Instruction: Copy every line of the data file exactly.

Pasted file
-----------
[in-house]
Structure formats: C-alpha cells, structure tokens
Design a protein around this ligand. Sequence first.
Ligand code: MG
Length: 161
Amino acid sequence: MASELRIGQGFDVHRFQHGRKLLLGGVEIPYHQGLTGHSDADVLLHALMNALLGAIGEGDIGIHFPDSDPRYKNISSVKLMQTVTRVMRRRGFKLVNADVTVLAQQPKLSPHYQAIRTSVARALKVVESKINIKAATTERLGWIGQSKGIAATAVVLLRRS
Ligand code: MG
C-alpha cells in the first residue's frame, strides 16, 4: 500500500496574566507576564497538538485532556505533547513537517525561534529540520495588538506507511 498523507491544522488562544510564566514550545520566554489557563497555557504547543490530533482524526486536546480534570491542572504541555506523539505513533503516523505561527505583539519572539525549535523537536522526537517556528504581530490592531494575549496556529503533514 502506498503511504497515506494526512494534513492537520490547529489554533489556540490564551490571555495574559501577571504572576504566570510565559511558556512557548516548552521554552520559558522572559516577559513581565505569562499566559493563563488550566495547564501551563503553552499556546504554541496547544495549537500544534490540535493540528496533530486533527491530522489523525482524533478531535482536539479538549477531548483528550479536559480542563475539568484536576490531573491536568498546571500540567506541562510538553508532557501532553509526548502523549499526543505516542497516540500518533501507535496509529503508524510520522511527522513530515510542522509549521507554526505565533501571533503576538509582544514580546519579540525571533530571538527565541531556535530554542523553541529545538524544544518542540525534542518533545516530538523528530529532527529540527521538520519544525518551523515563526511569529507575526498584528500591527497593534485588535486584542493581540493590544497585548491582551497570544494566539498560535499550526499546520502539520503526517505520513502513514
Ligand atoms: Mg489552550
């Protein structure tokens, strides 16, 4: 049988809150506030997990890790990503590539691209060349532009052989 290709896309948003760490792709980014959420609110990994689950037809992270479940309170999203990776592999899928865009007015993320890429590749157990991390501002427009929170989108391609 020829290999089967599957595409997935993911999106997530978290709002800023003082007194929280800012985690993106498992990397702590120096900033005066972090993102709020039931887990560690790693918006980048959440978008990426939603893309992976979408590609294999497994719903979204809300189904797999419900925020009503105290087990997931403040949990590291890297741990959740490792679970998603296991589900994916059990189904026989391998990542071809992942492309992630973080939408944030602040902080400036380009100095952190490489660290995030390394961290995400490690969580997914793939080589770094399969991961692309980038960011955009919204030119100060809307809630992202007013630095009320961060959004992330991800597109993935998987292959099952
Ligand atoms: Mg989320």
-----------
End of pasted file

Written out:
[in-house]
Structure formats: C-alpha cells, structure tokens
Design a protein around this ligand. Sequence first.
Ligand code: MG
Length: 161
Amino acid sequence: MASELRIGQGFDVHRFQHGRKLLLGGVEIPYHQGLTGHSDADVLLHALMNALLGAIGEGDIGIHFPDSDPRYKNISSVKLMQTVTRVMRRRGFKLVNADVTVLAQQPKLSPHYQAIRTSVARALKVVESKINIKAATTERLGWIGQSKGIAATAVVLLRRS
Ligand code: MG
C-alpha cells in the first residue's frame, strides 16, 4: 500500500496574566507576564497538538485532556505533547513537517525561534529540520495588538506507511 498523507491544522488562544510564566514550545520566554489557563497555557504547543490530533482524526486536546480534570491542572504541555506523539505513533503516523505561527505583539519572539525549535523537536522526537517556528504581530490592531494575549496556529503533514 502506498503511504497515506494526512494534513492537520490547529489554533489556540490564551490571555495574559501577571504572576504566570510565559511558556512557548516548552521554552520559558522572559516577559513581565505569562499566559493563563488550566495547564501551563503553552499556546504554541496547544495549537500544534490540535493540528496533530486533527491530522489523525482524533478531535482536539479538549477531548483528550479536559480542563475539568484536576490531573491536568498546571500540567506541562510538553508532557501532553509526548502523549499526543505516542497516540500518533501507535496509529503508524510520522511527522513530515510542522509549521507554526505565533501571533503576538509582544514580546519579540525571533530571538527565541531556535530554542523553541529545538524544544518542540525534542518533545516530538523528530529532527529540527521538520519544525518551523515563526511569529507575526498584528500591527497593534485588535486584542493581540493590544497585548491582551497570544494566539498560535499550526499546520502539520503526517505520513502513514
Ligand atoms: Mg489552550
């Protein structure tokens, strides 16, 4: 049988809150506030997990890790990503590539691209060349532009052989 290709896309948003760490792709980014959420609110990994689950037809992270479940309170999203990776592999899928865009007015993320890429590749157990991390501002427009929170989108391609 020829290999089967599957595409997935993911999106997530978290709002800023003082007194929280800012985690993106498992990397702590120096900033005066972090993102709020039931887990560690790693918006980048959440978008990426939603893309992976979408590609294999497994719903979204809300189904797999419900925020009503105290087990997931403040949990590291890297741990959740490792679970998603296991589900994916059990189904026989391998990542071809992942492309992630973080939408944030602040902080400036380009100095952190490489660290995030390394961290995400490690969580997914793939080589770094399969991961692309980038960011955009919204030119100060809307809630992202007013630095009320961060959004992330991800597109993935998987292959099952
Ligand atoms: Mg989320």